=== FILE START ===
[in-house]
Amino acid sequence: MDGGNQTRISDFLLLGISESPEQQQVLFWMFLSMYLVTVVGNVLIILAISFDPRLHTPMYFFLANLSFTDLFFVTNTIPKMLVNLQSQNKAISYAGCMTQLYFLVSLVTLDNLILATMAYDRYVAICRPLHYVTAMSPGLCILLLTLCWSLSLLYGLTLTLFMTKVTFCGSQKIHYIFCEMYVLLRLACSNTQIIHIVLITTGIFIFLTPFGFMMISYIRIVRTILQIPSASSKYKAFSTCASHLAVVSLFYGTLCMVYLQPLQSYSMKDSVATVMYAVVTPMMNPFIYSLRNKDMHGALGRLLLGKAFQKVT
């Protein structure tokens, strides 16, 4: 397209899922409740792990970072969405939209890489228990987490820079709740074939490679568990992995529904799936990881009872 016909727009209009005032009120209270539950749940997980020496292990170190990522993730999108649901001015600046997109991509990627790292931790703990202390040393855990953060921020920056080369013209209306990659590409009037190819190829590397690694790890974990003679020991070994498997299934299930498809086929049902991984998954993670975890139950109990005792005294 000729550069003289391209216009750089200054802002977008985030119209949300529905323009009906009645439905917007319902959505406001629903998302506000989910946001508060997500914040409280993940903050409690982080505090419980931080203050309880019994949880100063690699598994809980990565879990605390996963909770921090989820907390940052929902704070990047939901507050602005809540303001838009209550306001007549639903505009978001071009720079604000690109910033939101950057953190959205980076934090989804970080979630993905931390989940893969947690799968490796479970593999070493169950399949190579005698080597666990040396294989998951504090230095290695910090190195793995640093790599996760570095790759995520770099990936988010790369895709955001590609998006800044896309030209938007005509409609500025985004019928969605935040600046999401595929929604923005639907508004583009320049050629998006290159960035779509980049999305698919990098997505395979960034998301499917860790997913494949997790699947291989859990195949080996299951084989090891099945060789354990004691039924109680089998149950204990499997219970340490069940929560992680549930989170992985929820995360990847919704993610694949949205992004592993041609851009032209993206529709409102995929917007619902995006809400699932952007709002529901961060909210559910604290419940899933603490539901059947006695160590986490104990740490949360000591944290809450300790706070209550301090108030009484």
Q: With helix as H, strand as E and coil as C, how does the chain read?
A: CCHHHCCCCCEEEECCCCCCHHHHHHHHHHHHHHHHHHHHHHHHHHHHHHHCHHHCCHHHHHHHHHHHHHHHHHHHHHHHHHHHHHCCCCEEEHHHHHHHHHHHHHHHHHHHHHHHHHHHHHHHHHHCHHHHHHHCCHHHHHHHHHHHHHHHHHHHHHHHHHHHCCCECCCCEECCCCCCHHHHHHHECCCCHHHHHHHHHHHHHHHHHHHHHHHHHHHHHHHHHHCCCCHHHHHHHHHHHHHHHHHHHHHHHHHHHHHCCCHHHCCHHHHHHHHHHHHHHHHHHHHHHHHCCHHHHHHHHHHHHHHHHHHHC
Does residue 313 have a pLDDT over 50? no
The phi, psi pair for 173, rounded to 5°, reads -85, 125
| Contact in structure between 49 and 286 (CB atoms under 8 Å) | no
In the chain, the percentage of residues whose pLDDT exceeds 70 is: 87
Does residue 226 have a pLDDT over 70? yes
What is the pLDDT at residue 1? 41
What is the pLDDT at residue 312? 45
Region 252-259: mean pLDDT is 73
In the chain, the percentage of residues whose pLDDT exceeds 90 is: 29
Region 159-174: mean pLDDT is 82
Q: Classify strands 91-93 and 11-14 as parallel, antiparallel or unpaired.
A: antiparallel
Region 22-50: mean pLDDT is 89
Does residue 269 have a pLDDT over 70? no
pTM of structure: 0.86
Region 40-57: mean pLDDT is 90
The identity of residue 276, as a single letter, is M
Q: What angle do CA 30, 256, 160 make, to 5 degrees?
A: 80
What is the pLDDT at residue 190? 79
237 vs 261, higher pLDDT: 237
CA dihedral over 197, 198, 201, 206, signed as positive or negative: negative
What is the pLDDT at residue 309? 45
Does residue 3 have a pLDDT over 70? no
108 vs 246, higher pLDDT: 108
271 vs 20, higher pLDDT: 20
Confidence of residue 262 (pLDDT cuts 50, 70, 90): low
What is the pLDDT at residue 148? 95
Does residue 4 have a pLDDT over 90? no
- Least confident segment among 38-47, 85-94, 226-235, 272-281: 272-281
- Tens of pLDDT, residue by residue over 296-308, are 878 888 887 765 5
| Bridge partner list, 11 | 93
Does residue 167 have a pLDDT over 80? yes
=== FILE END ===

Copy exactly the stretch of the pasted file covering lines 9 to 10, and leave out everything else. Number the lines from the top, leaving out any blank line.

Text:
In the chain, the percentage of residues whose pLDDT exceeds 70 is: 87
Does residue 226 have a pLDDT over 70? yes